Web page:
Astronomy and Planetary Sciences at the Open University (APSOU)

Lead Research Organisation: Open University
Department Name: Faculty of Sci, Tech, Eng & Maths (STEM)

Abstract

Our research programme, Astronomy and Planetary Sciences at the Open University (APSOU), covers the breadth of cosmic evolution, from the Big Bang to the origin of life on Earth and the possibility of life on Mars. We do this research by observation, laboratory experiments, simulations and modelling. We use purpose-designed laboratories and instruments, and instruments on telescopes and spacecraft to make our observations and measurements. Our group is based in the Department of Physical Sciences at the OU, part of the Research Centre for Physical and Environmental Sciences.
So what are we trying to find out? We have 20 separate projects, some focused on the Solar System, others on stars and galaxies. We already know a lot about how the Solar System came about. The Sun and planets formed from a cloud of dust and gas about 4570 million years ago. The cloud collapsed to a spinning disk and dust and gas spiralled inwards. The core of the disk became hot, forming the Sun, while the leftover dust and gas formed the planets. Our Solar System research seeks to understand how it then evolved, eventually allowing life to arise. We will study certain aspects of Solar System history in detail - what was the original dust made from that produced comets? What types of organic compounds were present? How have they been changed by collisions and radiation from the Sun and other stars? How has the ice been altered? We want to know about asteroids: what are their shapes, spin rates, and physical structures, how do they evolve? How did the Moon form, and how much water is locked up in its minerals? How does being so close to the Sun affect Mercury and its surface? All these questions will help us understand the cloud of gas and dust within which the planets formed, and which contained the building blocks of life. Could life have got going on any other planets beside Earth? What about Mars? It is now dry and cold, but its crust was once cut by rivers and glaciers, and ancient water produced minerals identifiable by satellites that orbit Mars. We do have rocks from Mars on Earth - chunks broken from the planet by asteroids hitting Mars' surface. We can analyse the constituent minerals and learn about the water that produced them. We can look for signatures of past biological activity that has altered the rocks, and so explore the history of habitability on Mars.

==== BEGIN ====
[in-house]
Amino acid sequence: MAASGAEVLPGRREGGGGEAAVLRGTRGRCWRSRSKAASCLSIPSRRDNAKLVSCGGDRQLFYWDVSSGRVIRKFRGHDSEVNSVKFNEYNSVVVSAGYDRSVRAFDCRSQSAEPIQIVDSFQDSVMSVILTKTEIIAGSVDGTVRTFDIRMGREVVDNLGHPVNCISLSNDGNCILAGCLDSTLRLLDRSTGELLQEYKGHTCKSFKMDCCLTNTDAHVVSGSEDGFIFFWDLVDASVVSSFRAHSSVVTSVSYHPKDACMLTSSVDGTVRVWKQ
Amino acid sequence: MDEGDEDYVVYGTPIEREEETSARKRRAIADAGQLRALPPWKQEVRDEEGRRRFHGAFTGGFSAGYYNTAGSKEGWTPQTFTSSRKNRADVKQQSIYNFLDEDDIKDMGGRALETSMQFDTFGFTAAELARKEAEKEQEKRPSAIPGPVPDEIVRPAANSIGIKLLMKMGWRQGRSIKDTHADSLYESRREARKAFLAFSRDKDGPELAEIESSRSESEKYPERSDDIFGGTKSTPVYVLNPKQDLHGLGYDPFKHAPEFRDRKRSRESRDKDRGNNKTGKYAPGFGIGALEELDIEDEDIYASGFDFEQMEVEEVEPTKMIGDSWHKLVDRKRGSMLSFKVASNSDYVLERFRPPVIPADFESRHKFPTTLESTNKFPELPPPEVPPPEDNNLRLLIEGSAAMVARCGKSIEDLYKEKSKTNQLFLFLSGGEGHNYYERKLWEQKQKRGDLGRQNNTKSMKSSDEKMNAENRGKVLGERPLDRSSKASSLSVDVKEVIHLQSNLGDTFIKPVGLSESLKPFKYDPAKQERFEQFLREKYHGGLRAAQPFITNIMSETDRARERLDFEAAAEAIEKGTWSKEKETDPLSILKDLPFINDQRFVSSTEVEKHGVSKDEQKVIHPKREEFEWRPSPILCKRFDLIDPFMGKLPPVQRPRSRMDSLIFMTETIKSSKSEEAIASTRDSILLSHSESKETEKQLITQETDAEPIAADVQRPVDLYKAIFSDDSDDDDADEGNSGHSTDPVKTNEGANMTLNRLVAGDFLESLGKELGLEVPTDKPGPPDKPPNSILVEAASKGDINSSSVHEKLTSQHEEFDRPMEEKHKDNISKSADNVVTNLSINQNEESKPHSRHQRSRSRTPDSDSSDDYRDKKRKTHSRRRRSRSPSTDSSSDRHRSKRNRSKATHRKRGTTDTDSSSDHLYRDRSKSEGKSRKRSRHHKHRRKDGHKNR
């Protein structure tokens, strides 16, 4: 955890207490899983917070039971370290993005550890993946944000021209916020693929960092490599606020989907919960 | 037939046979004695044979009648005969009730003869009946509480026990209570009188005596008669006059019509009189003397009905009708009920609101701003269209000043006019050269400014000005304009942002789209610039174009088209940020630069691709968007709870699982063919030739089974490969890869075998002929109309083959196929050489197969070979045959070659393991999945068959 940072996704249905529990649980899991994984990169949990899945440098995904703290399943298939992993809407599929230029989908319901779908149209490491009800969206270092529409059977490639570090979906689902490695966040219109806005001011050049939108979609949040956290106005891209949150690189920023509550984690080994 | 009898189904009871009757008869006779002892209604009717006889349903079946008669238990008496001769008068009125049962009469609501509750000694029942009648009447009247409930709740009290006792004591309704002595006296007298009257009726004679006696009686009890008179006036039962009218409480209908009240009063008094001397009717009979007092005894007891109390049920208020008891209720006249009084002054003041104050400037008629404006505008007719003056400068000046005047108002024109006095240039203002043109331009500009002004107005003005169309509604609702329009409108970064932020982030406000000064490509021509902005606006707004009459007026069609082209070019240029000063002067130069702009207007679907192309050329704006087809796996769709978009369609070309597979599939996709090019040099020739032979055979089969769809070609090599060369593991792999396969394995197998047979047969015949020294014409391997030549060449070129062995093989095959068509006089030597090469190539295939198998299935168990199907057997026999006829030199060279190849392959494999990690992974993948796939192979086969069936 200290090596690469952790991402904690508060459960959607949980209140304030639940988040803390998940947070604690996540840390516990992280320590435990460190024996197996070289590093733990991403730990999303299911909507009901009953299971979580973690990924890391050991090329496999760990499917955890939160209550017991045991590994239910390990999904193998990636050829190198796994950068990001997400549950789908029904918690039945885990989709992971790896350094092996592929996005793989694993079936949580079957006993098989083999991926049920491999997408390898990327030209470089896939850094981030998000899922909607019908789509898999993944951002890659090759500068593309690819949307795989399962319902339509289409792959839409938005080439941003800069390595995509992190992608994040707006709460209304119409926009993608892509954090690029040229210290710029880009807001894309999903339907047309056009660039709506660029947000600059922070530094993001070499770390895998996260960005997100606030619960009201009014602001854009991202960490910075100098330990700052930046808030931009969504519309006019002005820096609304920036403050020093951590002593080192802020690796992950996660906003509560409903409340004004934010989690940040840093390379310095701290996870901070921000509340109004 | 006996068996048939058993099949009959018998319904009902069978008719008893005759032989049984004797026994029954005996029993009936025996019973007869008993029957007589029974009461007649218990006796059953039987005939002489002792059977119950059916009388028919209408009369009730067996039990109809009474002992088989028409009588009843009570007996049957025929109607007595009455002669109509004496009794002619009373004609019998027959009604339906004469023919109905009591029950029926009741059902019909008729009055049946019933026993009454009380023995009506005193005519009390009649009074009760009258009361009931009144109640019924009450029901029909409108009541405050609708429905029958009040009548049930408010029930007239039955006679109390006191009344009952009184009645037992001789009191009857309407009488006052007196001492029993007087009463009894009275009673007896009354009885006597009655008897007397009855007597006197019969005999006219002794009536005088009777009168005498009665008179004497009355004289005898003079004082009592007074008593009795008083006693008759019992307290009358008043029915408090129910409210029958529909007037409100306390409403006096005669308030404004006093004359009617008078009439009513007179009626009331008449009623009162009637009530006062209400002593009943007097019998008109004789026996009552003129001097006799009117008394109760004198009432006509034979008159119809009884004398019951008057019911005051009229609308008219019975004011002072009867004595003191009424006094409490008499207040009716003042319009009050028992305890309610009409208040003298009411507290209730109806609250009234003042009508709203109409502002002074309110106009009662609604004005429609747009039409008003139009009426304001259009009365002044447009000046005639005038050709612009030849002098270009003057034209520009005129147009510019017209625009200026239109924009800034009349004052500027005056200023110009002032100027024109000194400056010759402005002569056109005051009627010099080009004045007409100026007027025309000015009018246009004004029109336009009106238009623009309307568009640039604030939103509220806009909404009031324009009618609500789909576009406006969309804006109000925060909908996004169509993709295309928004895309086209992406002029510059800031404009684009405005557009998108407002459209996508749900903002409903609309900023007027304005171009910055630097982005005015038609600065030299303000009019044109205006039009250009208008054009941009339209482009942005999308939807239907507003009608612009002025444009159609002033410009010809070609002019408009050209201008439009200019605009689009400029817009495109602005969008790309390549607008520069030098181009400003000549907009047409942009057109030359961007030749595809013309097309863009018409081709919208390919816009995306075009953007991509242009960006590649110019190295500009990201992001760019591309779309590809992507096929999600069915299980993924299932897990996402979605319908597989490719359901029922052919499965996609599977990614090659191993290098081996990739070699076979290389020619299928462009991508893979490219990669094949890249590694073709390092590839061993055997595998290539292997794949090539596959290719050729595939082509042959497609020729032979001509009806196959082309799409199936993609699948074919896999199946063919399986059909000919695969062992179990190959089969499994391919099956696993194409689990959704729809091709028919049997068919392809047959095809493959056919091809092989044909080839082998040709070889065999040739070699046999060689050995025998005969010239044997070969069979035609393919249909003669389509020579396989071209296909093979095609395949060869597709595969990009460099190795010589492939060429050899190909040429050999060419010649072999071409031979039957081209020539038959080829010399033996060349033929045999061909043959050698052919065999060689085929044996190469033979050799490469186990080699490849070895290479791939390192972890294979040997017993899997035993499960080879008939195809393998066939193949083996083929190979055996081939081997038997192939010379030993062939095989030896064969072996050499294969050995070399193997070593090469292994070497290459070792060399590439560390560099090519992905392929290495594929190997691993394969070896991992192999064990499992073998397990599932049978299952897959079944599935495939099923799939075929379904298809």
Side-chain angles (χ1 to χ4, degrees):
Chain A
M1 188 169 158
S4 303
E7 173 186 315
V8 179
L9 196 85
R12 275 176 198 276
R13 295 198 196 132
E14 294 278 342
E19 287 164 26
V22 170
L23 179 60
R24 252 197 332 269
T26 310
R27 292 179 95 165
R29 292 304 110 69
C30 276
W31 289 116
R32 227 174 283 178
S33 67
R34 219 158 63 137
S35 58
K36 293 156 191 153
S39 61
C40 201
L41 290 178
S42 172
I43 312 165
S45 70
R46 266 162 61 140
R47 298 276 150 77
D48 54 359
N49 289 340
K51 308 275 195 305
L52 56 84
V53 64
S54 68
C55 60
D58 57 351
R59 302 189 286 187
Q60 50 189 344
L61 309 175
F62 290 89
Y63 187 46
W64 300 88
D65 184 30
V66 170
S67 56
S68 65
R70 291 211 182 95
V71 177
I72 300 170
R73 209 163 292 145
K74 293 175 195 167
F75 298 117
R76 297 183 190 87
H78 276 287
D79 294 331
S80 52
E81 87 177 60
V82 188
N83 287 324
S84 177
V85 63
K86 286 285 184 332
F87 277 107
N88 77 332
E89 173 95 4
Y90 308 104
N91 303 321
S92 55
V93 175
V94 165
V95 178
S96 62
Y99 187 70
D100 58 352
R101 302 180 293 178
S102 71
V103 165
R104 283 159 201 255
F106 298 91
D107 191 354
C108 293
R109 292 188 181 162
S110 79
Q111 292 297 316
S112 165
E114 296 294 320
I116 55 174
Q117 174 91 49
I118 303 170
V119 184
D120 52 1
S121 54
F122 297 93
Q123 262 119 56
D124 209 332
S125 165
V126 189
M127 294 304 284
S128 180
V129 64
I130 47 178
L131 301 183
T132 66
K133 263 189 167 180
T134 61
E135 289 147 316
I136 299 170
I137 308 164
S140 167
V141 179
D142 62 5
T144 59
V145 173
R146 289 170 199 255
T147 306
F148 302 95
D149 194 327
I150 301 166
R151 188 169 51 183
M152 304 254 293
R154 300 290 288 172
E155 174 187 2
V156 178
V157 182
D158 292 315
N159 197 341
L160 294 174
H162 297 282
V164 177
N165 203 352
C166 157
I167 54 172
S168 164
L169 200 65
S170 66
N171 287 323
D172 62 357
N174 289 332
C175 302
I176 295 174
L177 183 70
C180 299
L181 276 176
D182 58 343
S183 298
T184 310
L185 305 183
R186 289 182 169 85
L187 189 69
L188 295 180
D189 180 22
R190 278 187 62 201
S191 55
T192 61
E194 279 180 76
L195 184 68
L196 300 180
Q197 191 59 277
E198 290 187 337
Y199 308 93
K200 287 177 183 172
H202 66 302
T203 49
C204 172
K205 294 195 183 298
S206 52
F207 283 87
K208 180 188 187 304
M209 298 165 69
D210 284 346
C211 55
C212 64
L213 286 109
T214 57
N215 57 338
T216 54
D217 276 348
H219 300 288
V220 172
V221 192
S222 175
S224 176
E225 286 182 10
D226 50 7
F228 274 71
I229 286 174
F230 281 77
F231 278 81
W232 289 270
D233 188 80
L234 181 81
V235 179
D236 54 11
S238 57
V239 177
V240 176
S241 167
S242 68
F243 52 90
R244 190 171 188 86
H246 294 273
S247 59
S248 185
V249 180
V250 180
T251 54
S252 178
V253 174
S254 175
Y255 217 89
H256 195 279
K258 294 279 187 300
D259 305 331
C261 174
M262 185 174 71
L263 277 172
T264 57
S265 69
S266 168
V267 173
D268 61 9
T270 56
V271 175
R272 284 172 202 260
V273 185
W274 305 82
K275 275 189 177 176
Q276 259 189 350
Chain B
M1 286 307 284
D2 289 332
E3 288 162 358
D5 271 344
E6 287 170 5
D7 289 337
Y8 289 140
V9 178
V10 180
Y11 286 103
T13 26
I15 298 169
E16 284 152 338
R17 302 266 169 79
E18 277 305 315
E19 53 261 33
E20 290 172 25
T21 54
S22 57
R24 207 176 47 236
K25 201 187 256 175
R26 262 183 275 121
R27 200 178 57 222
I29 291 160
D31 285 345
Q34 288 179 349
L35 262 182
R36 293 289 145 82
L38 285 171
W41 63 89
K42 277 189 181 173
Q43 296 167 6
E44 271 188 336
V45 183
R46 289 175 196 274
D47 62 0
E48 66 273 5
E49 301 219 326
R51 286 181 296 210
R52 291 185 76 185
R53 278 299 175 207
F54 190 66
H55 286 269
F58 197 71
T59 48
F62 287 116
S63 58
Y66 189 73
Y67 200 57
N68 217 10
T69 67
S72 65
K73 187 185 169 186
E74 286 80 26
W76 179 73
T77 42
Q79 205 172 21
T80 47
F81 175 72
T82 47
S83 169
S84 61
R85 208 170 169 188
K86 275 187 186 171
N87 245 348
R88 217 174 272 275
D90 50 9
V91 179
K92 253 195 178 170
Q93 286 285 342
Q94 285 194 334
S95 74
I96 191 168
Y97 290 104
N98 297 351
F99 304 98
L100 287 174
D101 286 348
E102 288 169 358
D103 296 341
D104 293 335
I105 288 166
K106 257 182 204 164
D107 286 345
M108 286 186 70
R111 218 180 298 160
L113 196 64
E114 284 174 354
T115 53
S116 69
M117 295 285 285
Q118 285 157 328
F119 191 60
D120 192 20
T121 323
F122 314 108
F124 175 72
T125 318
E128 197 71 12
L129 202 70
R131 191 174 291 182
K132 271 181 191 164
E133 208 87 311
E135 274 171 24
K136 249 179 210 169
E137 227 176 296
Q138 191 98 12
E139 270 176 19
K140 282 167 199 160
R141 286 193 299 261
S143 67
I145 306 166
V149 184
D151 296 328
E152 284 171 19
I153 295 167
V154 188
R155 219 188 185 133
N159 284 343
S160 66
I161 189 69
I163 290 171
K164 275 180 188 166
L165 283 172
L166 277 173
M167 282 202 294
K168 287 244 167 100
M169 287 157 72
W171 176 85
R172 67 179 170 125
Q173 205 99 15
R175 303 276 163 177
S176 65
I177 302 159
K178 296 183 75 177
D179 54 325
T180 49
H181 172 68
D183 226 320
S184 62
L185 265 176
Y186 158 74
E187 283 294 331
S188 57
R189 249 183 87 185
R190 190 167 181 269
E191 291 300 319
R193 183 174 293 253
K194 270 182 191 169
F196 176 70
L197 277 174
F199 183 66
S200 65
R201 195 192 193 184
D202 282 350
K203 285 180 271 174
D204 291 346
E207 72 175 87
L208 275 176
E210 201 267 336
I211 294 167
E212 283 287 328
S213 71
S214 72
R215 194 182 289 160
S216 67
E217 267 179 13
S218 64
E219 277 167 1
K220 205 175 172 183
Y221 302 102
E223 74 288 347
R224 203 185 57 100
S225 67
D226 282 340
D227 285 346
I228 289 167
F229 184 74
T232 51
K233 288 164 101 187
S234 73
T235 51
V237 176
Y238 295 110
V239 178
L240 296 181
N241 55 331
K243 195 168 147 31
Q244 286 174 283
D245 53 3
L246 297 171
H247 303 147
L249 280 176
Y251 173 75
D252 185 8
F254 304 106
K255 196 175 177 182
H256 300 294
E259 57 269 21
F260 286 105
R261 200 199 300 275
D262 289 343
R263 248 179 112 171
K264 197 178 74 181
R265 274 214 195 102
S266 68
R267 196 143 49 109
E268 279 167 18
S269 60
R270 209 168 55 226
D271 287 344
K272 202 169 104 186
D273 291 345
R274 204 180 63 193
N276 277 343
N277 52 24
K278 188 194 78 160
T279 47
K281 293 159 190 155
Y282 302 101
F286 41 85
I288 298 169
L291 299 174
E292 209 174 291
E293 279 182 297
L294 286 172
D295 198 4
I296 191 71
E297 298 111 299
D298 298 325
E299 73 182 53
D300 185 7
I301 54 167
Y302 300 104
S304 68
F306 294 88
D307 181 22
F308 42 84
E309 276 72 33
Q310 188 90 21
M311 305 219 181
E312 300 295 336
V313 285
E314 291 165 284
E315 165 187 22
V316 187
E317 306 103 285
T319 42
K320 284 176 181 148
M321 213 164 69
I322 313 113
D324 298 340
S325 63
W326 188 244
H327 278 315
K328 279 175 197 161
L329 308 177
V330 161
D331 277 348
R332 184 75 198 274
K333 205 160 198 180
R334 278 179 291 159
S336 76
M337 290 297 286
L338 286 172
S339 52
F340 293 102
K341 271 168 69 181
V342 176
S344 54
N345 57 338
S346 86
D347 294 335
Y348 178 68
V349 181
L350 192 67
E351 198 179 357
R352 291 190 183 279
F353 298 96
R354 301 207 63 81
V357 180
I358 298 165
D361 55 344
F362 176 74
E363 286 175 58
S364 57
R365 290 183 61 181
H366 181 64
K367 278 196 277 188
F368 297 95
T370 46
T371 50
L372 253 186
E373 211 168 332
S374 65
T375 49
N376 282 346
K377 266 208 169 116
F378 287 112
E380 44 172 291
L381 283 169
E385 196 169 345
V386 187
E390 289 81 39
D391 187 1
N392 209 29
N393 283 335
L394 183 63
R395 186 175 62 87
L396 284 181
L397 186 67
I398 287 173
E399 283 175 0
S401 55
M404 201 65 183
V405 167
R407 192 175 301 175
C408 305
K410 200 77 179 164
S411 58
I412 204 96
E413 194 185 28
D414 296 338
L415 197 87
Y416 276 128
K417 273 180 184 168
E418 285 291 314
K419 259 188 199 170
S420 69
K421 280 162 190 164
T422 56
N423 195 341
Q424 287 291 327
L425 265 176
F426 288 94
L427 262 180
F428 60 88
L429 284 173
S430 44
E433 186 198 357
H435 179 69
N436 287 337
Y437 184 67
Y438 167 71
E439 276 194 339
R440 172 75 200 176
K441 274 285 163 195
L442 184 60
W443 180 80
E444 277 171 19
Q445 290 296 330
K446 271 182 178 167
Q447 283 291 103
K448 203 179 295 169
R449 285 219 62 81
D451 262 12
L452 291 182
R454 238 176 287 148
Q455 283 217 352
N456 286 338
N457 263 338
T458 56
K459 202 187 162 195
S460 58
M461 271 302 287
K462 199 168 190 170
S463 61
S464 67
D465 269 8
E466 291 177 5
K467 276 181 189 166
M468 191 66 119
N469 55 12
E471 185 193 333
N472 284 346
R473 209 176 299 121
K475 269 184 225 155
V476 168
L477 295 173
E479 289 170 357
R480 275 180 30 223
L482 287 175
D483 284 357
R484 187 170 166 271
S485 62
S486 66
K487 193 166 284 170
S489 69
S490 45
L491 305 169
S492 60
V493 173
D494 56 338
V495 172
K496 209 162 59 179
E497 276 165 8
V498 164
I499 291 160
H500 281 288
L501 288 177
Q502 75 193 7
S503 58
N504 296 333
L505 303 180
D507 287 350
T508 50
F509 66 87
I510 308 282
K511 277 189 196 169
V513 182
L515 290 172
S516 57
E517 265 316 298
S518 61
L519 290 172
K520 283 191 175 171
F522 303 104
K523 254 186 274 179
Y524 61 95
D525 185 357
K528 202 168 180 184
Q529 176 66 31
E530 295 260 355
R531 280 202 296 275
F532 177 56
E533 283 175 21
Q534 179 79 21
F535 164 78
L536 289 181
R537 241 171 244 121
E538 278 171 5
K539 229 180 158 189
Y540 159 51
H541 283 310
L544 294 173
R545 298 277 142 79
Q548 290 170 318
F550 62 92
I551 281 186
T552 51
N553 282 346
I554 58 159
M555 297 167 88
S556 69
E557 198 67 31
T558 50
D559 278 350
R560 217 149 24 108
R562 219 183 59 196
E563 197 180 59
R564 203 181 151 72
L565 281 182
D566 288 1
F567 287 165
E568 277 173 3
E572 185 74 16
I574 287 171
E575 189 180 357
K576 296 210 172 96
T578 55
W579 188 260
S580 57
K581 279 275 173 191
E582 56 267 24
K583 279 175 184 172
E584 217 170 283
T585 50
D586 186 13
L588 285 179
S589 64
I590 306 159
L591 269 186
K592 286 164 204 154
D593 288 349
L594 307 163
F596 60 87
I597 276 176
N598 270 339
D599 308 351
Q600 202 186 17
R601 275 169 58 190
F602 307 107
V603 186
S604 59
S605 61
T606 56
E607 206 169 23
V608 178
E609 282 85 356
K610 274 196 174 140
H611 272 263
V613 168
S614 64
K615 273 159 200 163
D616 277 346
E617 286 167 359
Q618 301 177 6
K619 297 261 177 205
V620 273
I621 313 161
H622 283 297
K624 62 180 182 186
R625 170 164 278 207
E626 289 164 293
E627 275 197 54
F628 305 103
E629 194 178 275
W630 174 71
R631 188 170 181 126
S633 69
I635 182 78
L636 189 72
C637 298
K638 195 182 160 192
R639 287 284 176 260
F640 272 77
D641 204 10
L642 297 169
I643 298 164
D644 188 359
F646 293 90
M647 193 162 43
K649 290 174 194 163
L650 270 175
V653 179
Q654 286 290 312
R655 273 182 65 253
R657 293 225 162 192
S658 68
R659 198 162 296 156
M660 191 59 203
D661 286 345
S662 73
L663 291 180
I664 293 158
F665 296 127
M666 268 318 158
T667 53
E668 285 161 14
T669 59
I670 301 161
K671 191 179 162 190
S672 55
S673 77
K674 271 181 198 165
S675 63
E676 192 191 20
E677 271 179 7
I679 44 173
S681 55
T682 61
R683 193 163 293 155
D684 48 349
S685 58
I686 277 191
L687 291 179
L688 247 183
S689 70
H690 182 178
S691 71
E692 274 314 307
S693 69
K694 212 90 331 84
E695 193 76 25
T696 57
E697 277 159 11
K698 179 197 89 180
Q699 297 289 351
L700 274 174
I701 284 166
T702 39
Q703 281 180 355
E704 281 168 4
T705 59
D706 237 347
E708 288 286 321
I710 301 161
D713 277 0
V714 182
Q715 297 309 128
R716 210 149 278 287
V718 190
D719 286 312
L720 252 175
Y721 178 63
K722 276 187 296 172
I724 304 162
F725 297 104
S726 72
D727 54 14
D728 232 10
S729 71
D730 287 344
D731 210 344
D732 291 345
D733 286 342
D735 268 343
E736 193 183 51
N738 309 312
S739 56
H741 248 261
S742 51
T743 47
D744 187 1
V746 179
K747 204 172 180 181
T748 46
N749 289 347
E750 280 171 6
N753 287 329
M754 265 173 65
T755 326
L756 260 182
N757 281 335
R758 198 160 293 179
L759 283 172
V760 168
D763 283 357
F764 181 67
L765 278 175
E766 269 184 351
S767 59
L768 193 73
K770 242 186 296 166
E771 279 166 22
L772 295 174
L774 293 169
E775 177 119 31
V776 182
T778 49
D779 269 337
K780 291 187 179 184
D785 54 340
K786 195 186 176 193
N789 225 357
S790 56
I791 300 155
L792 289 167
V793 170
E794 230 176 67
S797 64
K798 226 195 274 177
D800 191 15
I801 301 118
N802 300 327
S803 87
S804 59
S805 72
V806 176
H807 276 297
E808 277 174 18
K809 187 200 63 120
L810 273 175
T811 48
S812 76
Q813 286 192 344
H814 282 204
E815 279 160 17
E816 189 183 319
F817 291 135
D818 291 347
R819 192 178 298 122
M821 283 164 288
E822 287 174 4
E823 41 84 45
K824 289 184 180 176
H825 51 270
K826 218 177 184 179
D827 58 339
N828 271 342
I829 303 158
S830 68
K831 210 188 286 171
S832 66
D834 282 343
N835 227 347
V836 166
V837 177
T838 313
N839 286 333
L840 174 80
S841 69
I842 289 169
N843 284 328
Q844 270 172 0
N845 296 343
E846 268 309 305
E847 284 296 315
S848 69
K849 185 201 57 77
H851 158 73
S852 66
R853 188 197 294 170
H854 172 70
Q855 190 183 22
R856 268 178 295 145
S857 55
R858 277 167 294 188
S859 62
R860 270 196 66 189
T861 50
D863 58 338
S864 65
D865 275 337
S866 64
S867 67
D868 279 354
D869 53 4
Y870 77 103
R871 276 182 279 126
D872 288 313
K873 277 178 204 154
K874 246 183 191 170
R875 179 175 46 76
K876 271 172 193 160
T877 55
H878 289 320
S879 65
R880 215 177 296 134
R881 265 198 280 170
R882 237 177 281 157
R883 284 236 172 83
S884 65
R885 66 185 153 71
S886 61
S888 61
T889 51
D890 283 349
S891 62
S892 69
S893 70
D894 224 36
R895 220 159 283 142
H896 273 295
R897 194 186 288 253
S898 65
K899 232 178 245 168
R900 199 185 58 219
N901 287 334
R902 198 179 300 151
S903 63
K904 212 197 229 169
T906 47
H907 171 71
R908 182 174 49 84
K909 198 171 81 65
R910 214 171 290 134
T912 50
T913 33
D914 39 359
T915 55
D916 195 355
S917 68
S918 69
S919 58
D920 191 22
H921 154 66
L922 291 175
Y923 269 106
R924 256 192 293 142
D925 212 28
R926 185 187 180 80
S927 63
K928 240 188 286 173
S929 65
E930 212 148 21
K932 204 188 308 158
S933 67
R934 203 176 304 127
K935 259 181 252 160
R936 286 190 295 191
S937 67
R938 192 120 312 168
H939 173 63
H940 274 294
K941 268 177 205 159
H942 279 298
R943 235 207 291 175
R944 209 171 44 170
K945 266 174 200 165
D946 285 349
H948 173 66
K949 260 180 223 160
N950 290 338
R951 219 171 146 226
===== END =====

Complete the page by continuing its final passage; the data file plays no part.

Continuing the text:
Our Astronomy research goes beyond the Solar System, to look at processes that cause stars to change as they age. Only recently has it been recognised that so many stars are binary systems, where two or more stars are in close association and affect each others' motion. Such systems affect the way mass and energy is lost from a star, and how they are transferred into the interstellar medium. We will study how 'binarity' affects the behaviour of massive stars (>20 times the mass of the Sun) and low mass stars (< the mass of the Sun), and how star populations change as they age. Studying these effects is vital, because the environment of a star influences any planets that surround it. Many hundreds of planets have been discovered around other stars (exoplanets) and we are working to describe the range of properties of these planets, especially when they are located close to their central star. As well as stars and exoplanets, our astronomy research extends to galaxies from the local to the early Universe. We can use the way that galaxies warp space and time to learn about the dark matter that surrounds them, and the dark energy that drives them apart.
What else do we do? We build instruments for space missions, striving to make them smaller and lighter, and explore how they can be used on Earth for medical or security purposes. One of the most important benefits of our research is that it helps to train and inspire students: the next generation of scientists and engineers. We also enjoy telling as many people as possible about our work, and what we have learned from it about our origin

Planned Impact

The OU has, in its current V-C (Mr Martin Bean), someone with a background in the commercial world. Given the challenges faced by the HE sector as a whole, and the OU in particular (with the arrival of the for-profit distance providers), he was a very welcome appointment. His arrival has not only raised the profile and importance of impact-related activities within the organisation, but he is also presiding over a transformational culture change that has seen the appointment of a number of business-focussed posts. At the same time, the University has been successful in securing one of the eight RCUK Catalyst grants (£300k) to fund a programme of embedding public engagement within our research portfolio. Taken together, at institutional level the support we are able to draw on for our impact activities is tremendous.